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Chairman of the Ukrainian parliament Ruslan Stefanchuk went to Turkey and met with Azovstal defenders who have been freed from Russian capture and are now under the protection of the Turkish government, the press service of Verkhovna Rada reported on June 4.
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IAEA head visits Kyiv, says accident at Zaporizhzhia nuclear plant 'very possible'

by The Kyiv Independent news desk October 6, 2022 7:12 PM 2 min read
A Russian soldier stands in front of the Zaporizhzhia Nuclear Power Plant in Russian-occupied Enerhodar on Sept. 11, 2022. (Getty Images)
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Rafael Grossi, director general of the International Atomic Energy Agency (IAEA), visited Kyiv again on Oct. 6 in an attempt to prevent a nuclear disaster at the Russian-occupied Zaporizhzhia Nuclear Power Plant. Grossi said he's going to Russia "soon."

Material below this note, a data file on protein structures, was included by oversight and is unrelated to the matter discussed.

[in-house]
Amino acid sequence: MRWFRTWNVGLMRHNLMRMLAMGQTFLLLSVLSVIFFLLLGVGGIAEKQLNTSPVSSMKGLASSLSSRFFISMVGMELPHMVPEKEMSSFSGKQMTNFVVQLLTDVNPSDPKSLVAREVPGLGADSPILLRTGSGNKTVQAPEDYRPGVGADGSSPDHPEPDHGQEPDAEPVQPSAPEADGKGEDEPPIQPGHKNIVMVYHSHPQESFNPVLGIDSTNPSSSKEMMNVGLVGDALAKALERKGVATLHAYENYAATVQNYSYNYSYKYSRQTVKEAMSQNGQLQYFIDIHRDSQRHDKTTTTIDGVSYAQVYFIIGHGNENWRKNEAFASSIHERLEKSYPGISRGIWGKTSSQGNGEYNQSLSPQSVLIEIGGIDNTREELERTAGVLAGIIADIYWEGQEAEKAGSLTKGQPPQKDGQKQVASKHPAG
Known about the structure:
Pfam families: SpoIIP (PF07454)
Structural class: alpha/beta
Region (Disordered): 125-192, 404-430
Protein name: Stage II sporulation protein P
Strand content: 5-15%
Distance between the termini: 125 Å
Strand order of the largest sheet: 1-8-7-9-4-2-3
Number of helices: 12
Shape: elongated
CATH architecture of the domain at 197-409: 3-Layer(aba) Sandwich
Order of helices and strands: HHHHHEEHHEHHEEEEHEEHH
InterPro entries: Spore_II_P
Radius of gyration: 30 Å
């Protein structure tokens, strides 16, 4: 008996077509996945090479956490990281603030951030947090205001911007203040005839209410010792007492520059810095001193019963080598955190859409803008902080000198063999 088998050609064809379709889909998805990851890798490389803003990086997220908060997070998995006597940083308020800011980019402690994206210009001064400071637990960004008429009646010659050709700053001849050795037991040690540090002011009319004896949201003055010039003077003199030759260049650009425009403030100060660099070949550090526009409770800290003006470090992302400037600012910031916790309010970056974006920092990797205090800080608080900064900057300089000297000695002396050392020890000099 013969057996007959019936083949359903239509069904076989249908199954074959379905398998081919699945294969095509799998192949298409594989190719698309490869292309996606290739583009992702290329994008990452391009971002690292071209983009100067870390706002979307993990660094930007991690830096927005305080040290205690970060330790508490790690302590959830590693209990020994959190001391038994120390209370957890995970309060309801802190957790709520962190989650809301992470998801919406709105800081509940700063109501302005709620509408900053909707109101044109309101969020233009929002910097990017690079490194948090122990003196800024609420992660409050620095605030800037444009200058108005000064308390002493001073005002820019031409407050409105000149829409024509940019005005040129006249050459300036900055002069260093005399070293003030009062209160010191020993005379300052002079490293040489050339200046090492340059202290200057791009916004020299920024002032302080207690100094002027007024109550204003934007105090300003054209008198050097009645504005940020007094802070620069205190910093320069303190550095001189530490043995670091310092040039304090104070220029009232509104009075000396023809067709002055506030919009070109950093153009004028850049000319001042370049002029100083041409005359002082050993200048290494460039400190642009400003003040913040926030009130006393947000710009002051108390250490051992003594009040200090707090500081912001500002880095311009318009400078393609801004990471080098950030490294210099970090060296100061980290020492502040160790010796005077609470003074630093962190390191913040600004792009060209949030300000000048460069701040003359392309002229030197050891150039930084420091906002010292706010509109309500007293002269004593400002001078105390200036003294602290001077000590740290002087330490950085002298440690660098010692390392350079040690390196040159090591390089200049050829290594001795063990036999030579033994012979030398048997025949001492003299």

According to Grossi, the IAEA mission at the plant will increase from two to four people, who will rotate every 3-4 weeks. Director General added that the situation remains dangerous as the territory around the Russian-occupied plant is mined, and the Ukrainian staff kept hostage at the plant is "under severe pressure."

A nuclear accident remains "very possible," Grossi added.

"Ukrainian staff operating the plant under Russian military occupation are under constant high stress and pressure, especially with the limited staff available," an IAEA report published on Sept. 6 said. "This is not sustainable and could lead to increased human error with implications for nuclear safety."

On Oct. 5, Russian dictator Vladimir Putin signed a decree making an illegal order to transfer Ukraine's Zaporizhzhia Nuclear Power Plant in Russian-occupied Enerhodar into Russian property.

Ukraine's state nuclear monopoly Energoatom told Suspilne media outlet that the document "has no practical significance." Russian soldiers captured the Zaporizhzhia plant in early March. Since then, Russia has been shelling Ukrainian positions from the plant, being accused of using it as a shield and a tool of blackmail.

Grossi pointed out that according to international law, the plant belongs to Ukraine, and Russia's hostile takeover of the plant is null and void. Grossi added that he's planning to visit the plant during his next visit to Ukraine.

Life near Russian-occupied nuclear plant: ‘I don’t know if tomorrow will come’
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